Just across the Border
Literary scholar Jan Konst deals with World War II as a theme in Dutch literature.
Jun 04, 2020
It was during the period shortly after World War II, and Louis Ferron had a difficult time in the Netherlands as the illegitimate son of a German Wehrmacht soldier and a Dutch mother. Other children were not allowed to play with him, and at school he was insulted and excluded. He didn't know where he was really at home. Did he belong to his mother's country or to Germany, where he had spent the first years of his life during World War II? Louis Ferron became a writer. He wrote books in Dutch and won many literary awards. In his novels he dealt with an issue that had a decisive influence on his life: How did the so-called Third Reich come about?
“Unfortunately, his novels were not translated,” says Professor Jan Konst, who works at the Institute of German and Dutch Languages and Literatures at Freie Universität. For years Professor Konst has been doing research on the Dutch perspective of World War II. He has written many journal articles and a book (Alles Waan. Louis Ferron en het Derde Rijk; [Everything Delusion. Louis Ferron and the Third Reich]) about Louis Ferron.
Tone Too Provocative for Publishers?
In the 1970s, Louis Ferron tried to find a German publisher on his own, but his attempts were met wih rejections. Professor Konst thinks the publishers may have been put off by the provocative tone of the books. In his texts, Louis Ferron dealt with topics such as perpetrators and the role of victim, as well as individual responsibility. The novel De keisnijder von Fichtenwald (The Skull Drill of Fichtenwald), published in 1976, takes place in a fictional concentration camp and is told from the perspective of an SS man.
According to Konst, Ferron's work is an example of how varied World War II has been dealt with in Holland, Germany's neighboring country. “Just like in Germany, World War II was the most important topic in Dutch literature for several decades after 1945,” says Jan Konst. An anti-German tone prevailed for a long time. Germany has only been perceived more positively in the Netherlands and no longer associated exclusively with World War II since the 1990s. It took that long for the Dutch to observe that Germany had developed into a stable democracy.
A New View of World War II
Present-day young Dutch writers have a completely different view of World War II, and their writing reflects this. For example, the Dutch writer Mano Bouzamour whose parents were born in Morocco published a bestseller in 2016 De belofte van Pisa (The Promise of Pisa), in which he had Anne Frank, who was murdered in Bergen-Belsen, survive the Holocaust and track down her tormentors. “For older generations, of course, this would be a taboo,” says Jan Konst.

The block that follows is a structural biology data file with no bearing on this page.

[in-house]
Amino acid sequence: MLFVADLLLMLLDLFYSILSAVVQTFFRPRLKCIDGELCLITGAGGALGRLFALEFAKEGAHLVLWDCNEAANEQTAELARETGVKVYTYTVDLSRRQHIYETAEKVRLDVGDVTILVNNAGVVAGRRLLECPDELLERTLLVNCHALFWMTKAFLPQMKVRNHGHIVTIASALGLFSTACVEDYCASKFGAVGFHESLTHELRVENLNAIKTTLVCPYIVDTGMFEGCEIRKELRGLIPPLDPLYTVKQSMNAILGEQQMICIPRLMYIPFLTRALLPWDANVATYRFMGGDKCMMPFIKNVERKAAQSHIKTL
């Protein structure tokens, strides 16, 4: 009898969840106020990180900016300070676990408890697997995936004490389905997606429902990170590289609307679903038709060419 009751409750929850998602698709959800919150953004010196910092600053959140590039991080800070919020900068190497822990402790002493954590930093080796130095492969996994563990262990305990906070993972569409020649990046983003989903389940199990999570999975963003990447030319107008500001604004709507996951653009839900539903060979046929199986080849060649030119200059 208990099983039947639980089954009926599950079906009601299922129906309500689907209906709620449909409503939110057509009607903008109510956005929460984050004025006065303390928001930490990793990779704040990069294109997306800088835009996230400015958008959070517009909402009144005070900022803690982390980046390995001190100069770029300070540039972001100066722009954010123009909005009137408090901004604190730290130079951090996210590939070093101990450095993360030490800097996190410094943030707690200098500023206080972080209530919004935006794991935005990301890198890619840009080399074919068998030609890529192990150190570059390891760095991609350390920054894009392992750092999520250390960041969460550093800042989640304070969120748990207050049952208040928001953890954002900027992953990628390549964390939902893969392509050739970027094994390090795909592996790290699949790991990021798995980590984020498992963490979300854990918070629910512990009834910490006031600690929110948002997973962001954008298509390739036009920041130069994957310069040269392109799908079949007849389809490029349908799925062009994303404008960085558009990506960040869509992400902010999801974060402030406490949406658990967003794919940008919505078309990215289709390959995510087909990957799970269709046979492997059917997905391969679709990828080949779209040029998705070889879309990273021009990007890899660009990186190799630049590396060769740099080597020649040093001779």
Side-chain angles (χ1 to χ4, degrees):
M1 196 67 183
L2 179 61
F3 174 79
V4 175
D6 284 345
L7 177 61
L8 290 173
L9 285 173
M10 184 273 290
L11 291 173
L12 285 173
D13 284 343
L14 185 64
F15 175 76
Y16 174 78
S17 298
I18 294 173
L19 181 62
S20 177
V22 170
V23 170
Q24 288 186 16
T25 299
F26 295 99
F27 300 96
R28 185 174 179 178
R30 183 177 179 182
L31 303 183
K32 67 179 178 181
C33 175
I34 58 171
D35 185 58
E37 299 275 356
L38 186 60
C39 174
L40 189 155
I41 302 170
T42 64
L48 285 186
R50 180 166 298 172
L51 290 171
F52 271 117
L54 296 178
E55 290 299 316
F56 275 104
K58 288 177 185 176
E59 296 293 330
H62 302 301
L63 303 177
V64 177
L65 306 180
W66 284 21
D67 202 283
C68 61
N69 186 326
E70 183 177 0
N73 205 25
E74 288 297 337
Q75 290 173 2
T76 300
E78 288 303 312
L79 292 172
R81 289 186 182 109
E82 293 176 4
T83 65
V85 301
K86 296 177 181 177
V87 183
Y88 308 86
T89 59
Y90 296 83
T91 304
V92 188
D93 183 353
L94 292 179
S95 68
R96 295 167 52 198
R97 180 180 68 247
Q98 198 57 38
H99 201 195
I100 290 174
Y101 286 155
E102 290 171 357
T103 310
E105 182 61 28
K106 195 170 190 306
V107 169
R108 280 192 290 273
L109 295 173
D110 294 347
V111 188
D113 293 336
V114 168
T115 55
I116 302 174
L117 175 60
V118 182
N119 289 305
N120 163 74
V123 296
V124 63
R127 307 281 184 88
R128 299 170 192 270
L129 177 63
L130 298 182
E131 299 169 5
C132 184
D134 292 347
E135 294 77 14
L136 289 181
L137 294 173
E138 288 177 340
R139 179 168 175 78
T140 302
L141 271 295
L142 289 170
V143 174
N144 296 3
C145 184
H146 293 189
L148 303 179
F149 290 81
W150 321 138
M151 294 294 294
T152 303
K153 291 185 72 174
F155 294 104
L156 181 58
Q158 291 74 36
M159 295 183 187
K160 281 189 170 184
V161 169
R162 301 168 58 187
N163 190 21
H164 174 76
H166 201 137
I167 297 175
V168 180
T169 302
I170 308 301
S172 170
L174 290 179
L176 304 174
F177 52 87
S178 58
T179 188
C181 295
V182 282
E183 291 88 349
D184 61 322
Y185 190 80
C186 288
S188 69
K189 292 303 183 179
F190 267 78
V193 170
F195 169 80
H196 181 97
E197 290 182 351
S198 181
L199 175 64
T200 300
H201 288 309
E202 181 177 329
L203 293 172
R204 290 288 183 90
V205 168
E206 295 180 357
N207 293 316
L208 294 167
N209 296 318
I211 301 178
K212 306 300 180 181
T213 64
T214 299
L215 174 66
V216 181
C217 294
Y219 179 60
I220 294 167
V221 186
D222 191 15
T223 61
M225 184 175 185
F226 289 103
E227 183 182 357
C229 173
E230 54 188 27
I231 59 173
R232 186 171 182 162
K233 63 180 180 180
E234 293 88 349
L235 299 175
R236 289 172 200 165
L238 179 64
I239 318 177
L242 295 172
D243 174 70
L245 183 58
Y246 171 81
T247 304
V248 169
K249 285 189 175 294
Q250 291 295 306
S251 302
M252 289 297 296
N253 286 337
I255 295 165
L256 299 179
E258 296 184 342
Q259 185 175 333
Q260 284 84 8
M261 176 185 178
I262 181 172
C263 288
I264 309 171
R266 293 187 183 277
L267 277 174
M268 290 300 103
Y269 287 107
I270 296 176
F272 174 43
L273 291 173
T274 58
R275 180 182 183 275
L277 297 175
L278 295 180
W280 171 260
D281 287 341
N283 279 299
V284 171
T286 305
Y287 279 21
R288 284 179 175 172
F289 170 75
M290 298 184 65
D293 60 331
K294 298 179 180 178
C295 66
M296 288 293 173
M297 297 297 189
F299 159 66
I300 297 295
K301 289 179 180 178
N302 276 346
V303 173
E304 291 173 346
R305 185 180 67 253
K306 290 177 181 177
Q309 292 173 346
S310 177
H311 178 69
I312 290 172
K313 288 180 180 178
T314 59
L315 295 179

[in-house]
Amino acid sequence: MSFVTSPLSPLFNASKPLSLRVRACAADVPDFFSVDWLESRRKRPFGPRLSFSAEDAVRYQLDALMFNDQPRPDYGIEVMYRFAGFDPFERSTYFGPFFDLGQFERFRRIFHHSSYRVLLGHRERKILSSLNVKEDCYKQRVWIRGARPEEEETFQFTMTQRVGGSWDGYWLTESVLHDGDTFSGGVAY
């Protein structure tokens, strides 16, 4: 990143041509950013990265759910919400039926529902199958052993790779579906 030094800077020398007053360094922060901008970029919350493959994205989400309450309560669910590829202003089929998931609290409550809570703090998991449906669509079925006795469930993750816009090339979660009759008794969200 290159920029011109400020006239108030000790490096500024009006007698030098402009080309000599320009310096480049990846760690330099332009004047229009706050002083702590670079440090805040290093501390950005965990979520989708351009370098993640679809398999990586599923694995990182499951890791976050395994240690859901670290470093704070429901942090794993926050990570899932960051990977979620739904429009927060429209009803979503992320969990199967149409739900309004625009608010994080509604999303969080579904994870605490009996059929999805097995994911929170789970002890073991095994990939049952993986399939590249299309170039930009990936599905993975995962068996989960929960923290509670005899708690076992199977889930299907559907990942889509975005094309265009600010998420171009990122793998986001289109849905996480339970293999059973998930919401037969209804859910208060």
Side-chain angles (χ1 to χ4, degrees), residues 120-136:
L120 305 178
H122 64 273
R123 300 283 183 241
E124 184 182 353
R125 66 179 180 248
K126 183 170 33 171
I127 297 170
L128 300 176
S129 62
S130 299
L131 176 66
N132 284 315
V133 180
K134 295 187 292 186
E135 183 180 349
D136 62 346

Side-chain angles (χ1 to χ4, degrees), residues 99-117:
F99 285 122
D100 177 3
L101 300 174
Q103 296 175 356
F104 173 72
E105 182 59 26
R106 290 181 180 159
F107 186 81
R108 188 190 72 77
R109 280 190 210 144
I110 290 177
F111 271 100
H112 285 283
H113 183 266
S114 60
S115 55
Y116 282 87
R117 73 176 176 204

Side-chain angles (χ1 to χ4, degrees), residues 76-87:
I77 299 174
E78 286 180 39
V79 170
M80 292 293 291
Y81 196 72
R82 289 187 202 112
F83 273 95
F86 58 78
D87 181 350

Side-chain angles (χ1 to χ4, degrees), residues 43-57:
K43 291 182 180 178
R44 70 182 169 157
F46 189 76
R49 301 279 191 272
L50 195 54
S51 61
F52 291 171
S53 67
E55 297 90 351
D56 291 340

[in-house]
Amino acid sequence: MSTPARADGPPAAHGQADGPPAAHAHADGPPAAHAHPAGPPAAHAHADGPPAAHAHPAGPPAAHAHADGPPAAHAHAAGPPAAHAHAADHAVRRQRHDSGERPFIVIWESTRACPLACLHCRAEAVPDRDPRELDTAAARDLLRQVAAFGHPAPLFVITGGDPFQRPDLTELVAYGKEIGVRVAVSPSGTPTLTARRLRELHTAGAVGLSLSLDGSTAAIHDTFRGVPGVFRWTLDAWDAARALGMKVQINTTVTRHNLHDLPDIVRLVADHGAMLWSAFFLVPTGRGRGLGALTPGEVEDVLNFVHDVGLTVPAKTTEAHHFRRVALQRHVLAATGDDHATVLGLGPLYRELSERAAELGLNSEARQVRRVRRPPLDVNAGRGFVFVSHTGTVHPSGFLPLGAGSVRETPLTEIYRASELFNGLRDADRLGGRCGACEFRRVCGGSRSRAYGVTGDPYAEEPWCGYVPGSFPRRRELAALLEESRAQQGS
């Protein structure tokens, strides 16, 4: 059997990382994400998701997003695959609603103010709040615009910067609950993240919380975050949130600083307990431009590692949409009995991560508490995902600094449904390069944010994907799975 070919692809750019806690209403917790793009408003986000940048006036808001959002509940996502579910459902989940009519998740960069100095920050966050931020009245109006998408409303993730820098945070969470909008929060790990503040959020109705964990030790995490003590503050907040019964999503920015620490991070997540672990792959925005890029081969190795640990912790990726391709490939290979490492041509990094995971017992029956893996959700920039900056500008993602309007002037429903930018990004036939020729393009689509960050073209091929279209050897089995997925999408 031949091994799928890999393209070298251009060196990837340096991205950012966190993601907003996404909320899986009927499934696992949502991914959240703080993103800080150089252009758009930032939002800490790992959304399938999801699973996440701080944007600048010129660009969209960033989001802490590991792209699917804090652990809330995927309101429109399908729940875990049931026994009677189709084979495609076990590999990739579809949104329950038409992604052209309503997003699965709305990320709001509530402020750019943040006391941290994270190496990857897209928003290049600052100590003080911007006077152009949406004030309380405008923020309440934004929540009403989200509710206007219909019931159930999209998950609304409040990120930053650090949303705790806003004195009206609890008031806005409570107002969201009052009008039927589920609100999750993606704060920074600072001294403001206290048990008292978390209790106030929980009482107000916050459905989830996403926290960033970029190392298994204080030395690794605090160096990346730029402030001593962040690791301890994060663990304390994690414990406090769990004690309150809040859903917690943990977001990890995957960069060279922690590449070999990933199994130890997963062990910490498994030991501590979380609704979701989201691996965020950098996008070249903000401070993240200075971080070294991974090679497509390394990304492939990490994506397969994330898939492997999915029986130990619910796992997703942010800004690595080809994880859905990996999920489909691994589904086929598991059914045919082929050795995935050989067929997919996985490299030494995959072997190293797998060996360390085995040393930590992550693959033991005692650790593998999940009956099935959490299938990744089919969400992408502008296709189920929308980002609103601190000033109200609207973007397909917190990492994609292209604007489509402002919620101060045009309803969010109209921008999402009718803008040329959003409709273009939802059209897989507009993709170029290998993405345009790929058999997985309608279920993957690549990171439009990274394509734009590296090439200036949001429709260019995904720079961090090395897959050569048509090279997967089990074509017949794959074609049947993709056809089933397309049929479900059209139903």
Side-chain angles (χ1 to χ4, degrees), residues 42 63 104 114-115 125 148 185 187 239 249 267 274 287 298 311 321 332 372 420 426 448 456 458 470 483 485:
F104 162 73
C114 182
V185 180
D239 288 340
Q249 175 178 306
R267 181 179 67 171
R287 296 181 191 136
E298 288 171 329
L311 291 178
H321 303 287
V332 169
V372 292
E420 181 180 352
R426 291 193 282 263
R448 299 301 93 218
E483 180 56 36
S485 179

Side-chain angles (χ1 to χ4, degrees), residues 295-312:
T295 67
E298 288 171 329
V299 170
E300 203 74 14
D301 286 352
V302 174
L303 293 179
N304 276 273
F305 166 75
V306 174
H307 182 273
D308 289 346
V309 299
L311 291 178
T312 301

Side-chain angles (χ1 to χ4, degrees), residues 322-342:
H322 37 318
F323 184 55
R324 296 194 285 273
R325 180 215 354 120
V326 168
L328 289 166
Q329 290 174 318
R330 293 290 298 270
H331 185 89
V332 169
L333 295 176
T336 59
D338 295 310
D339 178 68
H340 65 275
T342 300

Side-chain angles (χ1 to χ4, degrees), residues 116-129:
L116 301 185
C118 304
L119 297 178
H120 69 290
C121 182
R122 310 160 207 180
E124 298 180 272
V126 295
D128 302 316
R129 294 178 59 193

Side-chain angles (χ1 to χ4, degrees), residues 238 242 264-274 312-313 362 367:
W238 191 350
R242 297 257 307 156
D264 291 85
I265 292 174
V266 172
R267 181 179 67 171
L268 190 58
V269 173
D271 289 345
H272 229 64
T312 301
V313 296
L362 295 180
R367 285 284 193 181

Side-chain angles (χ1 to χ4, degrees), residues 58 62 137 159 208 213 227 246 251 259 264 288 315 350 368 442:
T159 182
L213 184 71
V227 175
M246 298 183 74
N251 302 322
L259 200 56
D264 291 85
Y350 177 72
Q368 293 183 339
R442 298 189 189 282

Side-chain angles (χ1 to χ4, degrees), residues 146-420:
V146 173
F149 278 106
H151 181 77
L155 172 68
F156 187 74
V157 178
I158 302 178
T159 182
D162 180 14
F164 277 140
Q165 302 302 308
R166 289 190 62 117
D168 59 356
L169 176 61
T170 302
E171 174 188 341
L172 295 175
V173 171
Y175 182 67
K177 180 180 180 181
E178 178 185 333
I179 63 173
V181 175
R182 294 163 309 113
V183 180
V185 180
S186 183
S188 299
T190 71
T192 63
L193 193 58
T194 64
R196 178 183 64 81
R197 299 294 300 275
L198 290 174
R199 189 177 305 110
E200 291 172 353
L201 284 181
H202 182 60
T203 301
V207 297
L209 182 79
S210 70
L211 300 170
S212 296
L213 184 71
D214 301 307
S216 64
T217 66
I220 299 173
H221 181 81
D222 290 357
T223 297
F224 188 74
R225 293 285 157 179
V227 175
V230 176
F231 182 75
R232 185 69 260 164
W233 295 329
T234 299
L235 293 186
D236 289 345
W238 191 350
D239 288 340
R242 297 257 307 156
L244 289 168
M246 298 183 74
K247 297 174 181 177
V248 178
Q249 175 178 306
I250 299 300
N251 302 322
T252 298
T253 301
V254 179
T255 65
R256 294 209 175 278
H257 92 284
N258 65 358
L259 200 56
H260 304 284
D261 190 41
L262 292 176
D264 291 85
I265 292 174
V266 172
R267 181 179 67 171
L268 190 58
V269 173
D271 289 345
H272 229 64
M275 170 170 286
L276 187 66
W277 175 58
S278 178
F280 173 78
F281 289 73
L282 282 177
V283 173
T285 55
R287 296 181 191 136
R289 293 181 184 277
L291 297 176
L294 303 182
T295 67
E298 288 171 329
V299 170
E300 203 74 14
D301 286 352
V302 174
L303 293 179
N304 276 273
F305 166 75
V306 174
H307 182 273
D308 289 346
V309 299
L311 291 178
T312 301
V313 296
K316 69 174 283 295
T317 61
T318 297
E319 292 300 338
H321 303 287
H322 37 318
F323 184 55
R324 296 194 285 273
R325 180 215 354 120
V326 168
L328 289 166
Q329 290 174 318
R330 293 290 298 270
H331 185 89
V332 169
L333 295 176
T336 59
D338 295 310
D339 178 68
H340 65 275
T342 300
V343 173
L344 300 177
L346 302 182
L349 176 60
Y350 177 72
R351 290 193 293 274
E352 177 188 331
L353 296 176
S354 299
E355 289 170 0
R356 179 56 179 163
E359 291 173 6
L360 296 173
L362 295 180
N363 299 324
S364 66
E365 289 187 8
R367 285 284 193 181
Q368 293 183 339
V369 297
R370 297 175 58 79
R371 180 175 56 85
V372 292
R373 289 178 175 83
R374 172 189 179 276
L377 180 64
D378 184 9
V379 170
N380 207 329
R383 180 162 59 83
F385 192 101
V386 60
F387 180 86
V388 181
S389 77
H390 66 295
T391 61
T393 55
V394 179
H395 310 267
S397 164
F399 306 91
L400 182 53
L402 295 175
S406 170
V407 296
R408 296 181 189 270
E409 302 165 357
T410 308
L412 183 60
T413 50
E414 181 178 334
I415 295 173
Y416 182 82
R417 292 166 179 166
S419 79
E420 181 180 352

For Konst German history has played a major role in recent years not only for him as a literary scholar, but also in his private life. In the narrative nonfiction book Der Wintergarten. Eine deutsche Familie im langen 20. Jahrhundert (The Winter Garden. A German Family in the Long 20th Century), he told the story of his wife's Saxon family over 150 years. He was inspired to do so by his mother-in-law, who kept showing him the extensive family archive: photo albums, certificates, invoices, business books, postcards. Hilde, born in 1902, is one of the main characters in the book; she experienced the Empire, Weimar Republic, Third Reich, GDR, and reunification. She died in 2001. “I could have told my children: I am Dutch; I am keeping out of your German history,” says Jan Konst. “But I feel like a European, and I am interested in our common past.”
Understanding Doesn't Mean Sympathizing
Even if the family was a rather apolitical “average family,” when it came to evaluating the sources, Konst carefully examined the moral questions that affected him as a Dutchman. For example, he read the diary of his wife's grandfather, who was a Wehrmacht soldier in the Netherlands.
“I realized once again that there is a large gray area between good and bad,” says Konst. “I can understand a lot of things better now, which doesn't mean that I have to sympathize with everything.” His experience as a literary scholar helped greatly when he was evaluating the sources. “It is always important for me to pass on my knowledge to others,” says Jan Konst. “I would like to reach a broader audience, to practice a kind of applied humanities.”
Literary scholar Konst will be speaking to his students about World War II this semester. He is teaching a seminar on the literary processing of the bombing of German cities with a focus on the prolific Dutch writer Harry Mulisch whose novel Het stenen bruidsbed (The Stone Bridal Bed), published in 1959, was also published a year later in German. It is about a former American bomber pilot who was involved in the destruction of Dresden and returned years later. The seminar will take place in digital form due to the coronavirus pandemic.
This text originally appeared in German on April 26, 2020, in the Tagesspiegel newspaper supplement published by Freie Universität.